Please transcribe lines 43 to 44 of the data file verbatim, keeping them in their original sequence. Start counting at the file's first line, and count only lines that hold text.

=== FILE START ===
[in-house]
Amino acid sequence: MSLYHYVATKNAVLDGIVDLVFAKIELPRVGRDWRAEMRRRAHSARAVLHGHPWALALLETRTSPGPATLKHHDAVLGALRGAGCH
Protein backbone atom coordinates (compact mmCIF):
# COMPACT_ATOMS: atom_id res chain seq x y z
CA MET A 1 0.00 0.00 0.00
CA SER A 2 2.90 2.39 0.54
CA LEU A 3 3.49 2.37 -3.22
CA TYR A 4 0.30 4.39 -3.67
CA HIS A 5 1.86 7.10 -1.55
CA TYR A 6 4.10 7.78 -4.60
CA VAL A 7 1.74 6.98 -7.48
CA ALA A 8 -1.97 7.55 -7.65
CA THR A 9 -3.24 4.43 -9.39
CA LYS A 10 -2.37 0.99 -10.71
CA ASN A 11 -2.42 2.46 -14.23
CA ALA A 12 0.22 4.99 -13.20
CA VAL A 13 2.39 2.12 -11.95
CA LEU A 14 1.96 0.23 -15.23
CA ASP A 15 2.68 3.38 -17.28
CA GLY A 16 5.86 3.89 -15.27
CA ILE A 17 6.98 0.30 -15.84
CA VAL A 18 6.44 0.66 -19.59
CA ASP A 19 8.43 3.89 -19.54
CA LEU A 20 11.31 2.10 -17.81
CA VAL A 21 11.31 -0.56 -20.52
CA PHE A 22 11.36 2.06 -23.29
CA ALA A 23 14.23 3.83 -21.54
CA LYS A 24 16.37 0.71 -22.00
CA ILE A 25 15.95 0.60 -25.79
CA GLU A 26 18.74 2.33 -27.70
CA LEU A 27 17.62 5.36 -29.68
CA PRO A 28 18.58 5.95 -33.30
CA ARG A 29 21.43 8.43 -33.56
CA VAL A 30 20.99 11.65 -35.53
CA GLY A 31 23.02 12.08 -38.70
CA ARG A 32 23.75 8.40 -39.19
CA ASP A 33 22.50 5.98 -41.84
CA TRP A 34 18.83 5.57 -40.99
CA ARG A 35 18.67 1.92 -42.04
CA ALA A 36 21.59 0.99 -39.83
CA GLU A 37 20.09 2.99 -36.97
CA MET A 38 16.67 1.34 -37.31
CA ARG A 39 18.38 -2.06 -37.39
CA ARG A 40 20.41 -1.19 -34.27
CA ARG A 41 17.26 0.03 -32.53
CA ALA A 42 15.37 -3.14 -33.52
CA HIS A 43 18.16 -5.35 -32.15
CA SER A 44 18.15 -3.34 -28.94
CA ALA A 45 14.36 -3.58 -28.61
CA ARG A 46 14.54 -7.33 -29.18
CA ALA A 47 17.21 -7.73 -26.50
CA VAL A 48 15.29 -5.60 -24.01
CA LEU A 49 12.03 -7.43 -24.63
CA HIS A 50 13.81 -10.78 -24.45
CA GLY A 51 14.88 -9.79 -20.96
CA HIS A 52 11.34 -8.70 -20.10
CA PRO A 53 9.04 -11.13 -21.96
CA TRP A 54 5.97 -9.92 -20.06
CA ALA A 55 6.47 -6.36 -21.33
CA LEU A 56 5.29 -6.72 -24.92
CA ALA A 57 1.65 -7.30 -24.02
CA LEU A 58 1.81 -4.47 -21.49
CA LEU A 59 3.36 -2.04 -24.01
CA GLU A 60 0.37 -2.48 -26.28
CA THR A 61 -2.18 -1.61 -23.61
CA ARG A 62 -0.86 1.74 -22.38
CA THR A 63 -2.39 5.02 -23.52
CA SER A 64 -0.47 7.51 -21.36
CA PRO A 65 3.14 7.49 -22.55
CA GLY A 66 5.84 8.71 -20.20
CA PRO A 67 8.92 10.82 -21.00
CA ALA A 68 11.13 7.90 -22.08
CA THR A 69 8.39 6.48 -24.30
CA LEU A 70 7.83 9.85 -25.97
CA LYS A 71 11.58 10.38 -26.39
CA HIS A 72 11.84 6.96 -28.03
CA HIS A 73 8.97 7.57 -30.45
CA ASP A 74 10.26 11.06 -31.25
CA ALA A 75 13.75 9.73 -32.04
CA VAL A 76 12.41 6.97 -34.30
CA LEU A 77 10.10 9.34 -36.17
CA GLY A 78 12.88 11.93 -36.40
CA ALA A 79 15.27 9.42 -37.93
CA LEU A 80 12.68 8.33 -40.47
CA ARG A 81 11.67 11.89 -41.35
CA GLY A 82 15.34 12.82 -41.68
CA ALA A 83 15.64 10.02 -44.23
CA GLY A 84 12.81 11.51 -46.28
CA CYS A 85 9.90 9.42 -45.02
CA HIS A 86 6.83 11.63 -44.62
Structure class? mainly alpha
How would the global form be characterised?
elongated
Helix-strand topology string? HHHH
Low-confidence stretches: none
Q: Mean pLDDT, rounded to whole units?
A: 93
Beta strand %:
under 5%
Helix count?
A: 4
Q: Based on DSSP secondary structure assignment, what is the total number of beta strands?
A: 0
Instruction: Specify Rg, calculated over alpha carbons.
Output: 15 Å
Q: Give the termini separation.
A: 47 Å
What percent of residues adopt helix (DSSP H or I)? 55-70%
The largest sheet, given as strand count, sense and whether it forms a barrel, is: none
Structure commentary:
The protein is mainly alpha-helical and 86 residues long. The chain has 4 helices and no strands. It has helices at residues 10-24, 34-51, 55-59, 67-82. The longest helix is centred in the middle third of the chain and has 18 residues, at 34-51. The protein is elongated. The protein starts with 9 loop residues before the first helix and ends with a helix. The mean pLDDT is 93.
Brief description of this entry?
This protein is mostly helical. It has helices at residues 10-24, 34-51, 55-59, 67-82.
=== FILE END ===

CA ARG A 39 18.38 -2.06 -37.39
CA ARG A 40 20.41 -1.19 -34.27